The Fox News poll qualifies as slightly good news for Mr. Obama, since its polls have been slightly Republican-leaning so far this cycle – but it was really nothing that couldn’t be explained by sampling variance. And Fox News’s most recent poll, in June, had shown Mr. Obama five points ahead, little different from their new survey.
Over all, the FiveThirtyEight model has shown an extremely flat race for the past month or so. There is little in the way of persuasive evidence that the race is moving much in one direction or another.
If you want to indulge in a more elaborate hypothesis, I might offer this one. It looks as though there may have been some recent deterioration, by a percentage point or so, in Mr. Obama’s approval and favorability ratings – perhaps following the fairly poor economic news of late. However, the head-to-head numbers between Mr. Obama and Mr. Romney have been essentially unchanged.
So it’s a least plausible that Mr. Obama is being weighted down by the economic news, that Mr. Romney is being weighted down by the negative coverage surrounding Bain Capital, and that these effects are roughly canceling each other out.
It’s also plausible that all of this is just statistical noise. Furthermore, it’s plausible that, within a week or two, we will seem to see some clearer sign of a trend toward one or another of the candidates.
There were some interesting data points out on Wednesday apart from the national polls. For instance, a Public Policy Polling survey in New Mexico showed President Obama five points ahead of Mitt Romney.
Despite his holding the lead in the poll, this is an unfavorable number for Mr. Obama. Public Policy Polling has shown good numbers for Mr. Obama this year, both in New Mexico and in other states. Its previous New Mexico poll, in fact, had Mr. Obama up by 14 points instead.
Is the poll enough to start thinking of New Mexico as a swing state, something we’ve generally advised against so far this cycle?
In my view, probably not. Mr. Romney’s chances of New Mexico did improve materially on the poll, to 11 percent from 5 percent, according to our forecast model. But Mr. Obama had a pretty big cushion there: the demographics of New Mexico are quite favorable to him, and there’s little evidence that Mr. Obama is having trouble with Latino voters in other states.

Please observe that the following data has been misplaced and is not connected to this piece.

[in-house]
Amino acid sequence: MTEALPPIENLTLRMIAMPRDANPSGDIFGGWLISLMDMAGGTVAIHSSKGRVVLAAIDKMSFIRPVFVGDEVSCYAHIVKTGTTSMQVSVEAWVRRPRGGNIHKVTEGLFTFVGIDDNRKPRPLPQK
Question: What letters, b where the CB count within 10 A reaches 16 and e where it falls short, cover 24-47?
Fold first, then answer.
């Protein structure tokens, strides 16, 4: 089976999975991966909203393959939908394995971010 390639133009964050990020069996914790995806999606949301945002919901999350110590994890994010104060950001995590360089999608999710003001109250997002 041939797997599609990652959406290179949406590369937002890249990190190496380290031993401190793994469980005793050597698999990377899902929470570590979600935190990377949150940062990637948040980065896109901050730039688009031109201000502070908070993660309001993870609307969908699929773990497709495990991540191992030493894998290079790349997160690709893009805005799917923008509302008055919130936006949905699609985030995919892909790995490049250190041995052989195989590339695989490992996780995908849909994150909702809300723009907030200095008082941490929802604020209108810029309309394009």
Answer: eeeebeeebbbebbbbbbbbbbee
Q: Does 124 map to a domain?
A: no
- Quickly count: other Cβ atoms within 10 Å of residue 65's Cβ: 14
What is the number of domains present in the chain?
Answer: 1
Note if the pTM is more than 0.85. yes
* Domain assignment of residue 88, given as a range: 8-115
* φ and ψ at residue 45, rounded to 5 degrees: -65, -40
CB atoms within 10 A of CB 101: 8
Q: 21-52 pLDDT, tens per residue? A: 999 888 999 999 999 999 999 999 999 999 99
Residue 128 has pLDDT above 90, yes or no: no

Plus, this is the first poll of the cycle to show Mr. Obama with anything other than a double-digit lead in New Mexico. I hope that this survey will inspire other polling firms to take the state’s temperature — New Mexico has been sparsely polled. But in general, the underlying currents of voter opinion in each state aren’t shifting as quickly as the polls sometimes seem to imply.
Mr. Obama did get some good news on Wednesday in the form of an increase in housing starts. The news from the housing sector has been one of the few bright spots in the economy lately; any sort of economic upside case for the second half of the year probably depends on those numbers continuing to rebound. Our model’s economic index improved slightly on Wednesday because of the gain in the stock market, which reacted to the housing data and to testimony by the Federal Reserve
chairman, Ben S. Bernanke, on Capitol Hill.
Still, for all of this new information, the forecast was not much changed. The model gives Mr. Obama a 67.9 percent chance of winning the Electoral College, versus a 66.8 percent chance before.